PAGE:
Best Treatment for Micro Laryngeal Surgery in Miyapur, MathrusreeNagar.
What is microscopic laryngeal surgery?
Microscopic laryngeal surgery, otherwise known as micro laryngoscopy, is the most precise means of visualizing and operating on the vocal folds.
It allows the use of the two most essential toolsets in laryngeal surgery: the operative microscope, and micro laryngeal dissection instruments. All surgery is done through a laryngoscope, an instrument inserted via the mouth, without the need to make skin incisions.
What is microscopic laryngeal surgery used for?
Microlaryngoscopy is a surgical technique used in the evaluation and removal of various lesions of the vocal folds, including (but not limited to): cancer, cysts, papilloma, polyps, and Reinke’s edema.
Treatment and Procedure:
Micro laryngeal surgery is performed through a laryngoscope, a thin lighted tube with a camera on the end that allows the doctor to visualize the area with great precision. Once the laryngoscope is inserted through the nose into the throat, and the lesion is located, the surgeon removes the abnormal growth using tiny surgical tools that have been threaded through the laryngoscope to the affected site. Because this technique permits the surgeon to operate with great accuracy, only the damaged tissue is excised. The surrounding area remains unharmed.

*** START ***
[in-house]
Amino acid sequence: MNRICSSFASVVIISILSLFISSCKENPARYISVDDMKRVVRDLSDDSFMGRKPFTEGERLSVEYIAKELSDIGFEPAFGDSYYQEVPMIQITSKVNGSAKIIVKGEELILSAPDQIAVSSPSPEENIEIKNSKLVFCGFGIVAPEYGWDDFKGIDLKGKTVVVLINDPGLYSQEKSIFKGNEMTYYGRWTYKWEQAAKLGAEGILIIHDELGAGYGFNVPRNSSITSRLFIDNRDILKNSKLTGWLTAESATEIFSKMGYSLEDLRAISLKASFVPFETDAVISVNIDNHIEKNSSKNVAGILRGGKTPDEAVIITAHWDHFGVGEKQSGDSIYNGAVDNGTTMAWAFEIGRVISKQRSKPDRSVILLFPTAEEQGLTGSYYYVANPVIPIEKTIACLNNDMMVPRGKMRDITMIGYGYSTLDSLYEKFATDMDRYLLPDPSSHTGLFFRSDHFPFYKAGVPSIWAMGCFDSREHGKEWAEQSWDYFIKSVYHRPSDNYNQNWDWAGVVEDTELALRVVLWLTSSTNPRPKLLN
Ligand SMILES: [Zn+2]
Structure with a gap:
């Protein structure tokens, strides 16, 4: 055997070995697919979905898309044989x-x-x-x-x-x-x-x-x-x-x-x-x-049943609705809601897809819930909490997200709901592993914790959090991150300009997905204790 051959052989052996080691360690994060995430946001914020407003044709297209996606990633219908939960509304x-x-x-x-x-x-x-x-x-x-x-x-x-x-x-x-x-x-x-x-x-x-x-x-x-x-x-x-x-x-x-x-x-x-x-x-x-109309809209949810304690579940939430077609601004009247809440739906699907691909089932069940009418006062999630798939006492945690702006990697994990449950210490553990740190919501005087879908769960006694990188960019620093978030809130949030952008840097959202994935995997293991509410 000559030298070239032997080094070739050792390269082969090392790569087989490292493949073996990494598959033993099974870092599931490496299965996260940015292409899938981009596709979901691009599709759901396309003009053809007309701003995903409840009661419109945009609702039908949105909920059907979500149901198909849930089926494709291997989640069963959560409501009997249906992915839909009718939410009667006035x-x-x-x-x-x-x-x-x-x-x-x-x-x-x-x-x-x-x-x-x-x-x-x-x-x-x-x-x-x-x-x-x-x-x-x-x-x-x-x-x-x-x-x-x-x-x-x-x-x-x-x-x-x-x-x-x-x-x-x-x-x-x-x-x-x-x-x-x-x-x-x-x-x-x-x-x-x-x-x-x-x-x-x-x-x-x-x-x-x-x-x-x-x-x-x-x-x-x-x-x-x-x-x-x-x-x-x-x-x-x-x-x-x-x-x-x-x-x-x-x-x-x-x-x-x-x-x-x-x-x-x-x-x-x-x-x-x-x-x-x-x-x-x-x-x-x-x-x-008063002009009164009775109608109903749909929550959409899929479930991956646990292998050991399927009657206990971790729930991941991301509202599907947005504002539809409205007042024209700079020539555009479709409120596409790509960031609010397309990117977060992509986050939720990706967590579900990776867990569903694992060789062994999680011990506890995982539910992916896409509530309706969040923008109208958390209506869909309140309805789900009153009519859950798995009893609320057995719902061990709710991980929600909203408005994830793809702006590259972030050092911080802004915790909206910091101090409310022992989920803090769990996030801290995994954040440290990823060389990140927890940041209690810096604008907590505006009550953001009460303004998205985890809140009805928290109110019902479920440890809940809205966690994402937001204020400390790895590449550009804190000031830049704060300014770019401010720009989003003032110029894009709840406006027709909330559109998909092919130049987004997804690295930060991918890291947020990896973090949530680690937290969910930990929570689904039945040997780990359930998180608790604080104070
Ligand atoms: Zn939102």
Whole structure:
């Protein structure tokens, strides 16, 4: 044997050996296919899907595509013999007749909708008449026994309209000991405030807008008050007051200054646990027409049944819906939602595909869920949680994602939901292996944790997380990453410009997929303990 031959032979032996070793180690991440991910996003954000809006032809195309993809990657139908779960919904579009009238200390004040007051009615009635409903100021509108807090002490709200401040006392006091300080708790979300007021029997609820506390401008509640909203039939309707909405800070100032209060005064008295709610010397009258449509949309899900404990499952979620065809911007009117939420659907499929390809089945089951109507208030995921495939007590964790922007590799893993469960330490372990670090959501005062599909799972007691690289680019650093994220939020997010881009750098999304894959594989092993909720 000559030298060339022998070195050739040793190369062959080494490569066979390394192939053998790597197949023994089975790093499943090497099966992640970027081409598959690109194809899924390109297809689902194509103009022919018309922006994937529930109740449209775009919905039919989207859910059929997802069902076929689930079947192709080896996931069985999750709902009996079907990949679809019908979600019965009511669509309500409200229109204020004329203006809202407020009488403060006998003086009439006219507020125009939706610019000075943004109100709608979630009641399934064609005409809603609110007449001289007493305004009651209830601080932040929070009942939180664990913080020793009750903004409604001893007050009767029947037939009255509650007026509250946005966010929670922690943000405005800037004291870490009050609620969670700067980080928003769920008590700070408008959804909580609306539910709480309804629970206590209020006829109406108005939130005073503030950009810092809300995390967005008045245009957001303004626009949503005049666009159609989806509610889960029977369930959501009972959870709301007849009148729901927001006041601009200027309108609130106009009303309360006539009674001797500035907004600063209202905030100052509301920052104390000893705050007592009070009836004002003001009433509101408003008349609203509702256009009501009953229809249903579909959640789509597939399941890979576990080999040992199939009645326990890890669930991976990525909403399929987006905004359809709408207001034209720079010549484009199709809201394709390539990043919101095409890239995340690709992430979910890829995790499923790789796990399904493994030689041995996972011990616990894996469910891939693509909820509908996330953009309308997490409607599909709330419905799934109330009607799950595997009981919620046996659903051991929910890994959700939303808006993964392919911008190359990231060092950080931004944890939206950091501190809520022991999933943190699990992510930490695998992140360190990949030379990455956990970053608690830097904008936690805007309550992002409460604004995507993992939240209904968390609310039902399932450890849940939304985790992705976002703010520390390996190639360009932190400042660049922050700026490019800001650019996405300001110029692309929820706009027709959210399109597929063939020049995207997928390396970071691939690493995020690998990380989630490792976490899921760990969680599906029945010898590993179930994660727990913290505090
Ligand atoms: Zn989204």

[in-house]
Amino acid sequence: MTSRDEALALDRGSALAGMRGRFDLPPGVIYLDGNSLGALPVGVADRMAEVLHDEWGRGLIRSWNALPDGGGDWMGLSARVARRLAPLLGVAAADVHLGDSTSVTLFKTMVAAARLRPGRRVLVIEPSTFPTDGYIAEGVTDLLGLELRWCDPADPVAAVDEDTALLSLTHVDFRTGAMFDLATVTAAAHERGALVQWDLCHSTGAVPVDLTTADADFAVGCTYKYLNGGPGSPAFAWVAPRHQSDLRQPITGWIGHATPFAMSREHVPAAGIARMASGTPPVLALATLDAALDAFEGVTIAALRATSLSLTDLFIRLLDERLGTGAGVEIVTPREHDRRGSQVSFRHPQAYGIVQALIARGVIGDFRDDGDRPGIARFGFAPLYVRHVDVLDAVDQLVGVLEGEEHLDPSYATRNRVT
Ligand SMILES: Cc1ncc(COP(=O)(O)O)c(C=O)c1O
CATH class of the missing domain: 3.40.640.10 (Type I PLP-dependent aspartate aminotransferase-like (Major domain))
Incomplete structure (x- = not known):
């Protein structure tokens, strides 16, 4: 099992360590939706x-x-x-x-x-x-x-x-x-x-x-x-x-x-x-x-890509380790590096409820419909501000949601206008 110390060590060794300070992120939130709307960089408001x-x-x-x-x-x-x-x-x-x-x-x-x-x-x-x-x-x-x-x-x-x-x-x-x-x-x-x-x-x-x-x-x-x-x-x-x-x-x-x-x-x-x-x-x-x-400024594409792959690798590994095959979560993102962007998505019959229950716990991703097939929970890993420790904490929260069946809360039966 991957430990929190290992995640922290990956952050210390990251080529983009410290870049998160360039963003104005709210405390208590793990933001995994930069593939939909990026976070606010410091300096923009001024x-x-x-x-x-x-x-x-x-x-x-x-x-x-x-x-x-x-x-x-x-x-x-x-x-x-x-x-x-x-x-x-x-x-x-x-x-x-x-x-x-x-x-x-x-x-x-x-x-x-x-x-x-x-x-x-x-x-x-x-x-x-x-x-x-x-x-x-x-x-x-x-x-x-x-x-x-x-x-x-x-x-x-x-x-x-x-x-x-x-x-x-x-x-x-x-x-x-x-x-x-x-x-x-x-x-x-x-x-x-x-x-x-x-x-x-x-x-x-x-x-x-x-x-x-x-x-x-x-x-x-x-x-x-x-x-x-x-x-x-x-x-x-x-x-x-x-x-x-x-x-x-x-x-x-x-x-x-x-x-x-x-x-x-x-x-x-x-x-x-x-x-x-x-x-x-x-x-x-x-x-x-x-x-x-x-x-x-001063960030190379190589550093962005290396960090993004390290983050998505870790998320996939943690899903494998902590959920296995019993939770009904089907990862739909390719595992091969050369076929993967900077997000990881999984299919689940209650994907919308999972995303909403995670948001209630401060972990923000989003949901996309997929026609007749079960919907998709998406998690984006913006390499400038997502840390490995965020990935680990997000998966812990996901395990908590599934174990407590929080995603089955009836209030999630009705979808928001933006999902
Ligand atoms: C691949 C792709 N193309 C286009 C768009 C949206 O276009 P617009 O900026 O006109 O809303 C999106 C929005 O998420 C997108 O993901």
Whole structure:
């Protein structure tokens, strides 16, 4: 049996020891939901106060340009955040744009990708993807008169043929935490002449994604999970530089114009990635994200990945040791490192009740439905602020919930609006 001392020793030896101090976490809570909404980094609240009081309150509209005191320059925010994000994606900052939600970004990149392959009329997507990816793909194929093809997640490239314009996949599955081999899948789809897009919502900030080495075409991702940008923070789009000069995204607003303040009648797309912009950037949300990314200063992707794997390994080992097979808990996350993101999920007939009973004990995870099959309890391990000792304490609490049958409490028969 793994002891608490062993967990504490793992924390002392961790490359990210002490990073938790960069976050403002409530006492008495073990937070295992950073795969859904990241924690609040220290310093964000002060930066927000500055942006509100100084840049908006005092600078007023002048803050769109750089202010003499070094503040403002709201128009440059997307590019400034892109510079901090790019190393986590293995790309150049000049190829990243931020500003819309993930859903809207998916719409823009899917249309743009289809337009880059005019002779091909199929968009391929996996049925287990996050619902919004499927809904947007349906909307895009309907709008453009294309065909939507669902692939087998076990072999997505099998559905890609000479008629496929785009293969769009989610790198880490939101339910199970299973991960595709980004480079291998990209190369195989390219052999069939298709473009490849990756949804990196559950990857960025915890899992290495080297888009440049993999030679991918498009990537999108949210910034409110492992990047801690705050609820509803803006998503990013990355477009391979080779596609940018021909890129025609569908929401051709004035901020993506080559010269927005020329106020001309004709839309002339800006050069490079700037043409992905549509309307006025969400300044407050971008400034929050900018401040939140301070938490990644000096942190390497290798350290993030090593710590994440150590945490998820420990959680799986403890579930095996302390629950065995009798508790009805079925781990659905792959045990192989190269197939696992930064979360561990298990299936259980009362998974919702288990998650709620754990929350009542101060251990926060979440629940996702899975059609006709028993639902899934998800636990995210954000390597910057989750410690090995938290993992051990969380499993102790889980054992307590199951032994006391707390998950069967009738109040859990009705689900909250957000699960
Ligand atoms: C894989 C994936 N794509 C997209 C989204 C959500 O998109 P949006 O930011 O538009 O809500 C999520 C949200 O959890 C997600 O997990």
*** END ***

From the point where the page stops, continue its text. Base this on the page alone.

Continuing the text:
Following the procedure, the patient is monitored for several hours before returning home. Most patients experience some level of discomfort after the surgery but often respond well to over-the-counter pain relievers. If the pain is more significant, a corticosteroid may be prescribed for short-term use. Acid reflux medication may also be recommended to ensure that stomach acid does not irritate the healing tissue. Complete voice rest is required during the initial weeks following surgery. Postoperative voice therapy is typically prescribed to assist in improving and maintaining voice quality.
While micro laryngeal surgery is extremely safe, like any surgery, it involves some risks. These include the risk of allergic reaction to general anesthesia or medication and the risk of developing breathing difficulties, especially in individuals with pre-existing heart or lung problems. Specific risks from the pressure of the laryngoscope include pain or numbness to the tongue or lips or, more rarely, dental injury.
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